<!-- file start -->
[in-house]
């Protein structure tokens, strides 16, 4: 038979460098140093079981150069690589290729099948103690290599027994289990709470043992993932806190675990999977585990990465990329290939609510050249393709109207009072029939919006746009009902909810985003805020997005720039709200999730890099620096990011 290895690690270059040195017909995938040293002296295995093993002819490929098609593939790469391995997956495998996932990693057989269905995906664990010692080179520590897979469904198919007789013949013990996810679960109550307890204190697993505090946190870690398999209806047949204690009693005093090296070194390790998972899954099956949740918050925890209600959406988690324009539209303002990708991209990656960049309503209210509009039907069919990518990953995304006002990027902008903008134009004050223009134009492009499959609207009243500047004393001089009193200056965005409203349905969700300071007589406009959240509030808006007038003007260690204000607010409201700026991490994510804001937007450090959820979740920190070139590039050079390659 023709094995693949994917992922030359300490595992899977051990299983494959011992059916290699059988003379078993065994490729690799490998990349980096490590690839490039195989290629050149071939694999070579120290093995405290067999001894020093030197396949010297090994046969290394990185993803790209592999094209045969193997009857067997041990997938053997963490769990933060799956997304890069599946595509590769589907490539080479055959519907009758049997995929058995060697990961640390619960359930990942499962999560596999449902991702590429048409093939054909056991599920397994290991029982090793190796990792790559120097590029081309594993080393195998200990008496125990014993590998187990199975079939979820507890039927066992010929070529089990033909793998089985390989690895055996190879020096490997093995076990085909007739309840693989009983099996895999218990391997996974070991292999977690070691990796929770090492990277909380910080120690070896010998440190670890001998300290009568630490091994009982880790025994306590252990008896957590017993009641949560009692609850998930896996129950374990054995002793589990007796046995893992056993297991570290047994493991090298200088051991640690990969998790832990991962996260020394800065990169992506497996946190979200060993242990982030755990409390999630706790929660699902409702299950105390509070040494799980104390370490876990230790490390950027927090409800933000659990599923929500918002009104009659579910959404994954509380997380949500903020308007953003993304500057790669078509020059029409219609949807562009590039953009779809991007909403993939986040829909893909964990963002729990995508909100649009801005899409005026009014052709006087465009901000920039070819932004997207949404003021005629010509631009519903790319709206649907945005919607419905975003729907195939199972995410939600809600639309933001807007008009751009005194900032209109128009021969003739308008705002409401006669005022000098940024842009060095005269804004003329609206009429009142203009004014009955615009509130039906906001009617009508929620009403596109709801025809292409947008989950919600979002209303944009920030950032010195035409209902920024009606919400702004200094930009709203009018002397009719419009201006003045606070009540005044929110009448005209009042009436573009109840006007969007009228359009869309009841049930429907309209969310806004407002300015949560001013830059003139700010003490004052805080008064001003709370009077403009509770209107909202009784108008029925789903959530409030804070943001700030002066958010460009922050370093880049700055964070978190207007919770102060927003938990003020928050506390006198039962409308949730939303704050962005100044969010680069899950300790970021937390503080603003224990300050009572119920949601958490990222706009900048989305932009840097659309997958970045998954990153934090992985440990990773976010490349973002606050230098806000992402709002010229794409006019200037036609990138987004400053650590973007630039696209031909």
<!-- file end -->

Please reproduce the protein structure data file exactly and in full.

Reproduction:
[in-house]
């Protein structure tokens, strides 16, 4: 038979460098140093079981150069690589290729099948103690290599027994289990709470043992993932806190675990999977585990990465990329290939609510050249393709109207009072029939919006746009009902909810985003805020997005720039709200999730890099620096990011 290895690690270059040195017909995938040293002296295995093993002819490929098609593939790469391995997956495998996932990693057989269905995906664990010692080179520590897979469904198919007789013949013990996810679960109550307890204190697993505090946190870690398999209806047949204690009693005093090296070194390790998972899954099956949740918050925890209600959406988690324009539209303002990708991209990656960049309503209210509009039907069919990518990953995304006002990027902008903008134009004050223009134009492009499959609207009243500047004393001089009193200056965005409203349905969700300071007589406009959240509030808006007038003007260690204000607010409201700026991490994510804001937007450090959820979740920190070139590039050079390659 023709094995693949994917992922030359300490595992899977051990299983494959011992059916290699059988003379078993065994490729690799490998990349980096490590690839490039195989290629050149071939694999070579120290093995405290067999001894020093030197396949010297090994046969290394990185993803790209592999094209045969193997009857067997041990997938053997963490769990933060799956997304890069599946595509590769589907490539080479055959519907009758049997995929058995060697990961640390619960359930990942499962999560596999449902991702590429048409093939054909056991599920397994290991029982090793190796990792790559120097590029081309594993080393195998200990008496125990014993590998187990199975079939979820507890039927066992010929070529089990033909793998089985390989690895055996190879020096490997093995076990085909007739309840693989009983099996895999218990391997996974070991292999977690070691990796929770090492990277909380910080120690070896010998440190670890001998300290009568630490091994009982880790025994306590252990008896957590017993009641949560009692609850998930896996129950374990054995002793589990007796046995893992056993297991570290047994493991090298200088051991640690990969998790832990991962996260020394800065990169992506497996946190979200060993242990982030755990409390999630706790929660699902409702299950105390509070040494799980104390370490876990230790490390950027927090409800933000659990599923929500918002009104009659579910959404994954509380997380949500903020308007953003993304500057790669078509020059029409219609949807562009590039953009779809991007909403993939986040829909893909964990963002729990995508909100649009801005899409005026009014052709006087465009901000920039070819932004997207949404003021005629010509631009519903790319709206649907945005919607419905975003729907195939199972995410939600809600639309933001807007008009751009005194900032209109128009021969003739308008705002409401006669005022000098940024842009060095005269804004003329609206009429009142203009004014009955615009509130039906906001009617009508929620009403596109709801025809292409947008989950919600979002209303944009920030950032010195035409209902920024009606919400702004200094930009709203009018002397009719419009201006003045606070009540005044929110009448005209009042009436573009109840006007969007009228359009869309009841049930429907309209969310806004407002300015949560001013830059003139700010003490004052805080008064001003709370009077403009509770209107909202009784108008029925789903959530409030804070943001700030002066958010460009922050370093880049700055964070978190207007919770102060927003938990003020928050506390006198039962409308949730939303704050962005100044969010680069899950300790970021937390503080603003224990300050009572119920949601958490990222706009900048989305932009840097659309997958970045998954990153934090992985440990990773976010490349973002606050230098806000992402709002010229794409006019200037036609990138987004400053650590973007630039696209031909």